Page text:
Tuesday, February 03, 2009

Taxpayers - Enemy Action

Well, now we are up to three - I heard on NPR this morning that Nancy Killefer, the candidate for "performance czar" (czarina, surely?) is withdrawing her candidacy "because of a tax issue." Specifically, she didn't pay unemployment compensation taxes on her household help, and the District of Columbia put a $925 lien on her property.

I'm sorry - that's the worst tax flub yet. Geithner "didn't realize" he had to pay the full Social Security tax when working at the IMF; OK, that's just stupid, even if he was using TurboTax (TurboTax?) to do his returns. Daschle "didn't realize" that the car and driver his dear old friend the plutocrat "loaned" him actually represented a gift of income; he was "used to" having a car and driver as Senate majority leader. That's just arrogant. But this woman didn't pay the unemployment tax on her housekeeper or nanny - that's really inexcusable. That means that if and when she fires them, they can't pull unemployment.

The good news is that Daschle has shown more class than the senators who were all set to confirm him - he's withdrawn his name from nomination. He still shouldn't have done it; but at least he realizes that it's a problem, which is more than Geithner did.

Remember Leona Helmsley, who said that only the little people pay taxes??

Debra Saunders of the San Francisco Chronicle devoted her column today (Feb. 3) to this mess. She's even more bitter than I am about it. She makes the valid point, though, that if we're going to require absolute perfection for anybody who wants a job inside the Beltway, the pool of applicants will be very very small. But on this one I agree with her - these mistakes are not only stupid but venal. Dashle and Killefer did the right thing by withdrawing (finally); and frankly, I think Geithner should resign as well. But we may be stuck with him.


  1. But this woman didn't pay the unemployment tax on her housekeeper or nanny - that's really inexcusable. That means that if and when she fires them, they can't pull unemployment.

    It also probably means that the housekeeper or nanny in question didn't have a social security number to report to the IRS.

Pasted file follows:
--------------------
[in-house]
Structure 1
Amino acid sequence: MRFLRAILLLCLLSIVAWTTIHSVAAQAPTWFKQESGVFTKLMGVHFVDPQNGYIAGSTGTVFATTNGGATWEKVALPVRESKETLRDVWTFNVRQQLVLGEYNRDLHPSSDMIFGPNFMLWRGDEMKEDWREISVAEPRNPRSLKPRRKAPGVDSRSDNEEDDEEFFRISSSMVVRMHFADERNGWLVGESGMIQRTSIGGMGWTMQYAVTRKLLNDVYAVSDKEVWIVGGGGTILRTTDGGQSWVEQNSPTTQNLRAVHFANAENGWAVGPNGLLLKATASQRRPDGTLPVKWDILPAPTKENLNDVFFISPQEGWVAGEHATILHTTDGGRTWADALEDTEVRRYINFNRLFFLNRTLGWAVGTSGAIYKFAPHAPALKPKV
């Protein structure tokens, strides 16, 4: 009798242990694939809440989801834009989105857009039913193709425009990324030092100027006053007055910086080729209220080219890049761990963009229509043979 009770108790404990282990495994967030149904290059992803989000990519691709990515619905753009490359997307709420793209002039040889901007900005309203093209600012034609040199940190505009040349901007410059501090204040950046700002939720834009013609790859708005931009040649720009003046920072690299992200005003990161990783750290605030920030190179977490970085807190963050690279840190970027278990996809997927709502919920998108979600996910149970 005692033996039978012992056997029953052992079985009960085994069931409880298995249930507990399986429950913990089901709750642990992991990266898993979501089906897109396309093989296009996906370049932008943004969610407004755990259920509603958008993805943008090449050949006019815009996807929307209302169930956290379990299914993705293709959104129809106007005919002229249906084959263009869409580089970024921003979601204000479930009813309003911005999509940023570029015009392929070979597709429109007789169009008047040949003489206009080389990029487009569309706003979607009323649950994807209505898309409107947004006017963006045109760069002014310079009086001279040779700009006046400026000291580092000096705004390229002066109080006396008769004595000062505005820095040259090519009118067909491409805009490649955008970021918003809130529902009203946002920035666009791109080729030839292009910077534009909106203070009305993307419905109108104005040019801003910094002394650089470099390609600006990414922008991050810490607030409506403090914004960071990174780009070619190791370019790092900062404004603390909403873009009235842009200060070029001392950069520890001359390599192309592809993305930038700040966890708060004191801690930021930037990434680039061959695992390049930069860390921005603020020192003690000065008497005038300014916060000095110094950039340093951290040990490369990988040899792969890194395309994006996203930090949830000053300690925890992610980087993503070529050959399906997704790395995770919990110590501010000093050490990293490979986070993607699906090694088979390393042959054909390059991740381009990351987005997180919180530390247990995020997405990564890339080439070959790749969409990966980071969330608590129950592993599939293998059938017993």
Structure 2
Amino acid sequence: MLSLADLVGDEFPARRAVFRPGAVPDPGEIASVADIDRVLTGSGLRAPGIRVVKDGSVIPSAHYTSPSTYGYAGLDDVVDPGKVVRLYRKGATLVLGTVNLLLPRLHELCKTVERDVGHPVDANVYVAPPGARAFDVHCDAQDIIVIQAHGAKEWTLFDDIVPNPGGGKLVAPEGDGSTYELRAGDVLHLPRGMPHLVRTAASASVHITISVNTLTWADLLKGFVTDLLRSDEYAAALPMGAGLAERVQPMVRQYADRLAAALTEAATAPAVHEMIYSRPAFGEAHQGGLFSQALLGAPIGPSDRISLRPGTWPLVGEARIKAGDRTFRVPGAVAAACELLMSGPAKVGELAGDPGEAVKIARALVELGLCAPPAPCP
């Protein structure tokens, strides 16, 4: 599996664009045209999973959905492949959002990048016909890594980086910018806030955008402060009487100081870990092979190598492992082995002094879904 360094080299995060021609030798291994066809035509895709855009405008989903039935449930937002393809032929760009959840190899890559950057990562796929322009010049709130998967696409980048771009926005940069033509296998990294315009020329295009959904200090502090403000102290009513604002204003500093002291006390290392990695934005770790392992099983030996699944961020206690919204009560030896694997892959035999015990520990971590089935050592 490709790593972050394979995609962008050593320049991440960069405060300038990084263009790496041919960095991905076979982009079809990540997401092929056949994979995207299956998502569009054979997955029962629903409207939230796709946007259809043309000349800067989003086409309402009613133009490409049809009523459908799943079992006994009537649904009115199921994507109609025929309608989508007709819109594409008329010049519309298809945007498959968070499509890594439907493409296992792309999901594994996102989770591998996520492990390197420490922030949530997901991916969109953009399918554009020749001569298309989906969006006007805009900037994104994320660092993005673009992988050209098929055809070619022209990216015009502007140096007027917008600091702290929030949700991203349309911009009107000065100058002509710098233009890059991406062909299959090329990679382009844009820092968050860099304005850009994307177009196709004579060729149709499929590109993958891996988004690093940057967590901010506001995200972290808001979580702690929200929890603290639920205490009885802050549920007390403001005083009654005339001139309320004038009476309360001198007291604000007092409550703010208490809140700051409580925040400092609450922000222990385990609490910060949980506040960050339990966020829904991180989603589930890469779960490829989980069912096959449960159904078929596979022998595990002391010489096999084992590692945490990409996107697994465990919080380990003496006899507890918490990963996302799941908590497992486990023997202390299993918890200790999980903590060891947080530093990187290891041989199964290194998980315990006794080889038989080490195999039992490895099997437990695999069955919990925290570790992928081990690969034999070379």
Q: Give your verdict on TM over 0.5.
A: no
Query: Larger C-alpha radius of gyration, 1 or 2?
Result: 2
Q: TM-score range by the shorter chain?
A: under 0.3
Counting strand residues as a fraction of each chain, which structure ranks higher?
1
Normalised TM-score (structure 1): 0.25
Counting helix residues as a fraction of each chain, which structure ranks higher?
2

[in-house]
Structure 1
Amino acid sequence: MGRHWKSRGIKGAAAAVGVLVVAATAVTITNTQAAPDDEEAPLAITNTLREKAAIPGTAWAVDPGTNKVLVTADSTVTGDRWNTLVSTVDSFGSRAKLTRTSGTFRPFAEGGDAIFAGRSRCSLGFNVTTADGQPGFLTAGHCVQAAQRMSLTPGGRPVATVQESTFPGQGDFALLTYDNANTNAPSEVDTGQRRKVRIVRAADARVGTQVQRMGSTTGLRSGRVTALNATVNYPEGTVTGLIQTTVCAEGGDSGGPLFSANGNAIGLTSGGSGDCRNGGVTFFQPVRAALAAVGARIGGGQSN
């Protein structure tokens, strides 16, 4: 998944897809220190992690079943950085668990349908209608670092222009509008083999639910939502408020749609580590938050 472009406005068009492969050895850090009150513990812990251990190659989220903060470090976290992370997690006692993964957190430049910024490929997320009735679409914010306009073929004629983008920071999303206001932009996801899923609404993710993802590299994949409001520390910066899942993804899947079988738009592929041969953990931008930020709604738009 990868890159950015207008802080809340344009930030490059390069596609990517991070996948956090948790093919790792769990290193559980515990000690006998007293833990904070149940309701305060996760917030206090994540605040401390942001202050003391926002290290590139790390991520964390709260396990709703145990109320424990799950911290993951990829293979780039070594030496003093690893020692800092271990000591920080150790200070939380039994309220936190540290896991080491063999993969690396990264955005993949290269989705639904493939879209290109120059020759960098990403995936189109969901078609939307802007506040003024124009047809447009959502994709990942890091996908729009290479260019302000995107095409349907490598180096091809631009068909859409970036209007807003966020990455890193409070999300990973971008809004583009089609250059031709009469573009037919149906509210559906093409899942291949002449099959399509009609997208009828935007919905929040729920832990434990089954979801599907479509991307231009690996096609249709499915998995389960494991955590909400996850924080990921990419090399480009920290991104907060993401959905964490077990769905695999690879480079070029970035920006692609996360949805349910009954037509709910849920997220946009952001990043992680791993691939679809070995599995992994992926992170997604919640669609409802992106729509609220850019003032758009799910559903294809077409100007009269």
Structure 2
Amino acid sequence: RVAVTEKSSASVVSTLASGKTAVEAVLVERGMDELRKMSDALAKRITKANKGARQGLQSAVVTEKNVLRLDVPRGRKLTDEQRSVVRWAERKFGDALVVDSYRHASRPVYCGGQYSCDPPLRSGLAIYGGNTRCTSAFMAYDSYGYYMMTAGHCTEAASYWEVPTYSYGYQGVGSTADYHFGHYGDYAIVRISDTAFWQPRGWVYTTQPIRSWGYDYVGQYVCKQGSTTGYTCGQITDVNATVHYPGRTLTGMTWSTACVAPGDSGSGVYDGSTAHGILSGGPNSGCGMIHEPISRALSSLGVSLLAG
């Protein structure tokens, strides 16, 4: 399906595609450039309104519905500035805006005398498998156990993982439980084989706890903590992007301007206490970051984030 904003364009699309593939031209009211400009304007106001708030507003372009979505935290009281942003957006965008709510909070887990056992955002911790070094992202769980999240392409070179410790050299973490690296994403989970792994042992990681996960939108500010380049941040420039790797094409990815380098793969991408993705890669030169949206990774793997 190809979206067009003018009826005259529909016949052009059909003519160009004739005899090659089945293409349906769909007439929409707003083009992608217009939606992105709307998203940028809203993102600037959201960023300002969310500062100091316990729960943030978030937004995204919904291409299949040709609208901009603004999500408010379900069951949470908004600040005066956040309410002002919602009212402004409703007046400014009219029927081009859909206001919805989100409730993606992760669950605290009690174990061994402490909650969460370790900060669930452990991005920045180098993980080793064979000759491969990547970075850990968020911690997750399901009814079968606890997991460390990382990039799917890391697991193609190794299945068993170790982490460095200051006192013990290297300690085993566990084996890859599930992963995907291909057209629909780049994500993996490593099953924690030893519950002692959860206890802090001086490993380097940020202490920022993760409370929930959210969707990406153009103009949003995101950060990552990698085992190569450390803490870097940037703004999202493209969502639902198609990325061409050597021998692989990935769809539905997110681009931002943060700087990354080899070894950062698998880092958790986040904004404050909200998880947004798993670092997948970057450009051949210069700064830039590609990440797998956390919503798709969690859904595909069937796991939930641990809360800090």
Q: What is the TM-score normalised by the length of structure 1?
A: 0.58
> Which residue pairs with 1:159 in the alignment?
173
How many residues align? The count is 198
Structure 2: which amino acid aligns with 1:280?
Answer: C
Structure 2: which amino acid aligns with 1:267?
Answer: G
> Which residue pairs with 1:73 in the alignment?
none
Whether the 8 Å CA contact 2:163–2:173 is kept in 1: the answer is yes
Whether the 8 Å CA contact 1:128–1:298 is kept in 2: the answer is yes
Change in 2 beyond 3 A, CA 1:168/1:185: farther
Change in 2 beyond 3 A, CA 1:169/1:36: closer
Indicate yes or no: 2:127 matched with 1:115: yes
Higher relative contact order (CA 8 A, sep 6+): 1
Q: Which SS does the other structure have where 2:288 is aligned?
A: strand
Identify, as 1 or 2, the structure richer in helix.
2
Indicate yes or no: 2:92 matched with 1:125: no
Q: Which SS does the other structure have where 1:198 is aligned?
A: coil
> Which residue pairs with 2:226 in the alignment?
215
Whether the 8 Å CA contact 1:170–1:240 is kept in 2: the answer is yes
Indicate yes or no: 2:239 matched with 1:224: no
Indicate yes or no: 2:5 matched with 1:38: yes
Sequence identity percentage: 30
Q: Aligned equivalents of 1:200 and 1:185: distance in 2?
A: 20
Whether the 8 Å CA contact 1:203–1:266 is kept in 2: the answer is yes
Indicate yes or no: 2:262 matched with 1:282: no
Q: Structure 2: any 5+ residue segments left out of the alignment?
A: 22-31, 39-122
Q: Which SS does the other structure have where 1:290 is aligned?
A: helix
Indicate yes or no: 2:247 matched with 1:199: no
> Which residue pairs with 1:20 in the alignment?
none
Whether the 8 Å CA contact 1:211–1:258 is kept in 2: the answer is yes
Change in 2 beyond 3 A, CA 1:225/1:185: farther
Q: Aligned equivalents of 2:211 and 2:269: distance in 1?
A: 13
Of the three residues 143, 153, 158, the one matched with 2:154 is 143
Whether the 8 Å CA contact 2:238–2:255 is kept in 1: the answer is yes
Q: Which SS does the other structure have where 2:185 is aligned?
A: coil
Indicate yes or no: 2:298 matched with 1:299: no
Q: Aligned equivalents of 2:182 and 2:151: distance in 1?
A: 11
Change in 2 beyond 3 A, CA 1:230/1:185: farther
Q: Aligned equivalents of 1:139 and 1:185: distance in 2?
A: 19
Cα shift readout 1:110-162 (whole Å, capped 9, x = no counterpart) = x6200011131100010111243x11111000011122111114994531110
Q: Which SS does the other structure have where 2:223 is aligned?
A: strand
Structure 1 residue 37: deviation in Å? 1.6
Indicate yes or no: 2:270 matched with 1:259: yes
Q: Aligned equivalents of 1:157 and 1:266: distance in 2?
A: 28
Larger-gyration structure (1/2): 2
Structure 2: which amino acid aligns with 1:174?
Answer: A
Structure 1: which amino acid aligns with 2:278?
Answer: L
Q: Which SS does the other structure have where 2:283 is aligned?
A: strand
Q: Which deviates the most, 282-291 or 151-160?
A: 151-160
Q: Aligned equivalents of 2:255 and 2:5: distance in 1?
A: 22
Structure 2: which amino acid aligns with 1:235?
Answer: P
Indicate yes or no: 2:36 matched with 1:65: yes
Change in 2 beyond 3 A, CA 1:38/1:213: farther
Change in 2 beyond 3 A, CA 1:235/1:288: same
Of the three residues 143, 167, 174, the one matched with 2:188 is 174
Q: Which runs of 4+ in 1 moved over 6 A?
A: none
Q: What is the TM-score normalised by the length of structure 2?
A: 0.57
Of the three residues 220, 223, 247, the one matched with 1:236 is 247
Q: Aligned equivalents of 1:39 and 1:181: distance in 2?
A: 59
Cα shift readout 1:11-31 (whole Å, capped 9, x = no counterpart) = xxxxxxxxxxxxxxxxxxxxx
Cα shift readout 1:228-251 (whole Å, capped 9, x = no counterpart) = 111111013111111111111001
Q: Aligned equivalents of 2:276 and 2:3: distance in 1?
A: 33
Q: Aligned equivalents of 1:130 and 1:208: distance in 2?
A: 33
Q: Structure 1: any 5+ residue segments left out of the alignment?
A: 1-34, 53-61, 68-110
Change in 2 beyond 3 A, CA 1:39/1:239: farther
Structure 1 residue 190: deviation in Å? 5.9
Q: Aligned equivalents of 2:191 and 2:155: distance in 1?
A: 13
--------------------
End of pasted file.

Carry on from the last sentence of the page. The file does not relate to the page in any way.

Maybe some enterprising soul should open a business called "Legal Domestics" - providing domestic employees who have guaranteed legal residence status to avoid any embarassing questions down the road.

  2. Absolutely delighted with your fervent, even triumphant, upbraiding of these meek apologists.

    Molly is smiling from up there.

    Dear Echo: There are indeed such outfits.

    My problem is: If our high school dropouts can't find work, why should we be giving these jobs to illegals? And don't tell me Americans "won't do them"--that's hogwash!

  3. I suspect certain employers of domestic servants (and "temporary" employees in manufacturing, warehouses, and agriculture) like the leverage they gain by having employees who are just one phone call away from being arrested and/or deported. Keeps them from gettin' too uppity and demanding fancy things like "minimum wage," "decent working conditions," etc.

  4. I think, though, that there is a childcare trap - because probably almost everyone who has hired a babysitter potentially owes taxes if they've paid that sitter over a certain amount in a year. I doubt anyone figures this out for the teen down the street who they pay to babysit their kids. I know there is an exemption for that sort of sitting, but it is only up to a certain amount. Truly, the tax code is just terible. I bet you could pick up any random person off of the street, "nominate" them for office, and if you then audited them, you'd find out they owe taxes.

    This doesn't excuse the egregious failures exposed here, but it would show the ridiculousnes of our tax system.

  5. Frank Rich has an interesting column today (2/8) at NYTimes.com (opinion section) on this. I bet he is right that the real issue was the how casually rich the lifestyle of the nominee was and how seemingly influenced it might be by such favors.